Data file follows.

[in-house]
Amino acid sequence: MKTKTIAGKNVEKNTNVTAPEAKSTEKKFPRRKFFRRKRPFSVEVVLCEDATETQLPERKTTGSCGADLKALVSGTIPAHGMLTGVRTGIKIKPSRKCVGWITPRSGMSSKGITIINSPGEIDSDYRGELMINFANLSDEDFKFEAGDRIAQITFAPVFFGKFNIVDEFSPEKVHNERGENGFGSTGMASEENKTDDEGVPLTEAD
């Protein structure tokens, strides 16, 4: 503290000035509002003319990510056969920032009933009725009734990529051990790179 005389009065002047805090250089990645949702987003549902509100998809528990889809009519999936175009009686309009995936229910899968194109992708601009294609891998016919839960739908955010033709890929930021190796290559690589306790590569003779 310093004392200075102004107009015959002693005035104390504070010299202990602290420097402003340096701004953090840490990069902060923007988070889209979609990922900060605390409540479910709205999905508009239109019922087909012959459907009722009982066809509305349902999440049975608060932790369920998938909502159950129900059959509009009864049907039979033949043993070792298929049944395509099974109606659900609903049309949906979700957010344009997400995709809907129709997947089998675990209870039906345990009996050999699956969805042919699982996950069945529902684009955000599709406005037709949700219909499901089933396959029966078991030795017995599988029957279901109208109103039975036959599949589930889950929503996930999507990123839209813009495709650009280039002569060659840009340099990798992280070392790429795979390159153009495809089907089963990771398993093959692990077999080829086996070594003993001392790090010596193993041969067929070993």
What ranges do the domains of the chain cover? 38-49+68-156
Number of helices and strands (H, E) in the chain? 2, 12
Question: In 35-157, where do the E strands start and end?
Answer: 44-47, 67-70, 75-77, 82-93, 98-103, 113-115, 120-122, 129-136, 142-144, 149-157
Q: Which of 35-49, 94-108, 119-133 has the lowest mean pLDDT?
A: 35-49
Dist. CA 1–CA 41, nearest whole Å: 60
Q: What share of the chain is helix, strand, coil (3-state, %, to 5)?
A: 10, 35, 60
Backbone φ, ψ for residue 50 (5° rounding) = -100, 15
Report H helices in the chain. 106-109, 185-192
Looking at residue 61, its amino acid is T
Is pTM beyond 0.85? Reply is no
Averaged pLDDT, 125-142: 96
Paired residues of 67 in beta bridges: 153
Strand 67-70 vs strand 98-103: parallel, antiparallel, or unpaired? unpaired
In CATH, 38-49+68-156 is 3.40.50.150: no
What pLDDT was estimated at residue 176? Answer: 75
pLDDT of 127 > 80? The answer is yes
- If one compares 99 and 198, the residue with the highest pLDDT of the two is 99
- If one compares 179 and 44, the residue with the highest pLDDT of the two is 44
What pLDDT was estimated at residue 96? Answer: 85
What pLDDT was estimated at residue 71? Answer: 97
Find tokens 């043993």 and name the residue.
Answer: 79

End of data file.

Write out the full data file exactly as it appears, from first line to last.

[in-house]
Amino acid sequence: MKTKTIAGKNVEKNTNVTAPEAKSTEKKFPRRKFFRRKRPFSVEVVLCEDATETQLPERKTTGSCGADLKALVSGTIPAHGMLTGVRTGIKIKPSRKCVGWITPRSGMSSKGITIINSPGEIDSDYRGELMINFANLSDEDFKFEAGDRIAQITFAPVFFGKFNIVDEFSPEKVHNERGENGFGSTGMASEENKTDDEGVPLTEAD
């Protein structure tokens, strides 16, 4: 503290000035509002003319990510056969920032009933009725009734990529051990790179 005389009065002047805090250089990645949702987003549902509100998809528990889809009519999936175009009686309009995936229910899968194109992708601009294609891998016919839960739908955010033709890929930021190796290559690589306790590569003779 310093004392200075102004107009015959002693005035104390504070010299202990602290420097402003340096701004953090840490990069902060923007988070889209979609990922900060605390409540479910709205999905508009239109019922087909012959459907009722009982066809509305349902999440049975608060932790369920998938909502159950129900059959509009009864049907039979033949043993070792298929049944395509099974109606659900609903049309949906979700957010344009997400995709809907129709997947089998675990209870039906345990009996050999699956969805042919699982996950069945529902684009955000599709406005037709949700219909499901089933396959029966078991030795017995599988029957279901109208109103039975036959599949589930889950929503996930999507990123839209813009495709650009280039002569060659840009340099990798992280070392790429795979390159153009495809089907089963990771398993093959692990077999080829086996070594003993001392790090010596193993041969067929070993």
What ranges do the domains of the chain cover? 38-49+68-156
Number of helices and strands (H, E) in the chain? 2, 12
Question: In 35-157, where do the E strands start and end?
Answer: 44-47, 67-70, 75-77, 82-93, 98-103, 113-115, 120-122, 129-136, 142-144, 149-157
Q: Which of 35-49, 94-108, 119-133 has the lowest mean pLDDT?
A: 35-49
Dist. CA 1–CA 41, nearest whole Å: 60
Q: What share of the chain is helix, strand, coil (3-state, %, to 5)?
A: 10, 35, 60
Backbone φ, ψ for residue 50 (5° rounding) = -100, 15
Report H helices in the chain. 106-109, 185-192
Looking at residue 61, its amino acid is T
Is pTM beyond 0.85? Reply is no
Averaged pLDDT, 125-142: 96
Paired residues of 67 in beta bridges: 153
Strand 67-70 vs strand 98-103: parallel, antiparallel, or unpaired? unpaired
In CATH, 38-49+68-156 is 3.40.50.150: no
What pLDDT was estimated at residue 176? Answer: 75
pLDDT of 127 > 80? The answer is yes
- If one compares 99 and 198, the residue with the highest pLDDT of the two is 99
- If one compares 179 and 44, the residue with the highest pLDDT of the two is 44
What pLDDT was estimated at residue 96? Answer: 85
What pLDDT was estimated at residue 71? Answer: 97
Find tokens 């043993």 and name the residue.
Answer: 79